This week my wife took the Tesla again up to Oregon and I unexpectedly had a series of longer local trips which necessitated multiple DCQC charges. I had made the mistake of leaving my wife's i-MiEV at five bars with it's 12v on a float charger, making it essentially unusable. I now leave my wife's i-MiEV at 9 bars just in case I need to use it.
At home with our summer peak TOU rate structure, if I had to pay for it, charging during the day runs 45.7¢/kWh. In my case, this would mean less income to me because, as a result of generation supplier changes, I now actually get paid for the electricity I generate with my solar system. Thus, I try to refrain from charging during the day so when I get home with, say, four bars. I'm content to let the car sit there until nighttime. This week it bit me, as I had a few unexpected serious trips which had me, for example, rack up over 150 miles yesterday on my i-MiEV.
With EVgo's lowered rates and ChargePoint's normally very-reasonable rates, it was actually cheaper for me to use their DCQC instead of charging at home. In my case, I was running all over the place and NEEDED the DCQC with my tight time schedules. Luckily, every local DCQC station I went to was available and working and not ICEd!
This is a change from my past perspective whereby I had poo-poo'd the need for local DCQC. Now, I concede that it is battery-size-dependent, with the smaller the battery the greater the need.
So, I've updated the list of Public Charging Station Customers
with a charging speed (level) annotation.
1. Local EV/NEV driver with short range who NEEDS to charge to get home. (DCQC preferred)
2. Local EV commuter who takes family out for shopping/dinner in town after work and has a follow-on appointment and NEEDS to charge while in town. (L2 OK)
3. Long-distance driver on a nearby Interstate who NEEDS to stop and charge, and, e.g., has a meal while waiting. (DCQC preferred)
4. Long-distance driver for whom the town is a destination; e.g., a meeting. This person NEEDS to charge. (DCQC preferred, but L2 usually OK)
5. Employees of businesses within the town who are EV commuters and NEED to charge to get home.(L1 and L2 OK)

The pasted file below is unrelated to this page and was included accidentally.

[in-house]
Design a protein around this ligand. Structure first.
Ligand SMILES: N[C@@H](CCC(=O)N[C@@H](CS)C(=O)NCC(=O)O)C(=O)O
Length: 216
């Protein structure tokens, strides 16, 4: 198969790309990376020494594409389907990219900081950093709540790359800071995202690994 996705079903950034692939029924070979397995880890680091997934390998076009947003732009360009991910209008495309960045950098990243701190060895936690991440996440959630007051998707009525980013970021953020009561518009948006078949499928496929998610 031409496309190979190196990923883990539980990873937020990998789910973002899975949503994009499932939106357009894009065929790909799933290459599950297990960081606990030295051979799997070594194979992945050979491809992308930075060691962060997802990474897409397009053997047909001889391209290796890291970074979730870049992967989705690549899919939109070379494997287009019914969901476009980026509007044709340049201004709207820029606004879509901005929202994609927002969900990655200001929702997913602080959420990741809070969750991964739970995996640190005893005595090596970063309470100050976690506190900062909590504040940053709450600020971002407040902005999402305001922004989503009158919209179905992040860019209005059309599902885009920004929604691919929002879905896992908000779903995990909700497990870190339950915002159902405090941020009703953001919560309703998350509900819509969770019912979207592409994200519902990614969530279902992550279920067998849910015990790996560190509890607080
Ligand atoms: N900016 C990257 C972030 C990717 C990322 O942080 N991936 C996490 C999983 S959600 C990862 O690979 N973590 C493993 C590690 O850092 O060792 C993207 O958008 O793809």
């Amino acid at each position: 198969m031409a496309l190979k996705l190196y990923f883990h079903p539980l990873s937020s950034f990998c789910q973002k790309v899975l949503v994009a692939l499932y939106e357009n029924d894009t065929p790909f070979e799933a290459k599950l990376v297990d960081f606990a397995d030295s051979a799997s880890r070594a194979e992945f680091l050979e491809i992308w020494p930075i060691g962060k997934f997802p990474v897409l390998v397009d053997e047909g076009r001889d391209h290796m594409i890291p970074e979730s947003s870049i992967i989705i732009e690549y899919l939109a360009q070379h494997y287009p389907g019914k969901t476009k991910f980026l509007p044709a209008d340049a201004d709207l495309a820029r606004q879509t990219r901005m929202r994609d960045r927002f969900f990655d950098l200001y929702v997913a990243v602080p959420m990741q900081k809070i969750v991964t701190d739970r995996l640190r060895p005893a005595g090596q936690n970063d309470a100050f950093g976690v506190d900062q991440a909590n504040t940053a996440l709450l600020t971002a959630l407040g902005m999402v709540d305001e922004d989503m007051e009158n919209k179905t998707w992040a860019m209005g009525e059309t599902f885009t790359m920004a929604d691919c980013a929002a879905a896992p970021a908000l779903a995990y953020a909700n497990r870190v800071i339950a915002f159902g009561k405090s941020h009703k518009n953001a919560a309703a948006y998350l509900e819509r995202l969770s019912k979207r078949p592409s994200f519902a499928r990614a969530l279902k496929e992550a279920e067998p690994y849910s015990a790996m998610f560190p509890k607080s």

6. A local resident coming home from a long trip and running on 'empty' and NEEDS to charge in order to get home. (DCQC preferred)
7. A local (typically multi-unit-dwelling) resident NEEDING to charge as having no option of charging at home. (L1 and L2 OK)
Recently there have been a lot of clueless newbies at both J1772 EVSEs and Tesla Superchargers that I've helped out numerous times, and it was a surprise to every one of them when I said that these were NOT parking spots and they DID NOT need to fully charge the cars
and that the expectation was that they would move their cars as soon as they had enough charge to get home. In fact, all the local newbies I talked with were doing it because they COULD and not because they HAD TO. There's a cultural education that needs to be taking place...
Funniest one was the lady with her new Tesla Model 3 who had pulled into a ChargePoint CHAdeMO/Combo station and was trying to figure out how to plug it into her car. This was the last station available so I explained why it wouldn't work but directed her to the J1772 station nearby (I quickly pulled in and plugged in my i-MiEV into CHAdeMO after she pulled out) and then showed her how to use the J1772 adapter that came with the car and which would work IF she had a ChargePoint card (showed her). Maybe I should hire myself out to Tesla to teach people how to use their cars...
Anyway, fun and games in Silicon Valley where thankfully we now have loads of charging stations.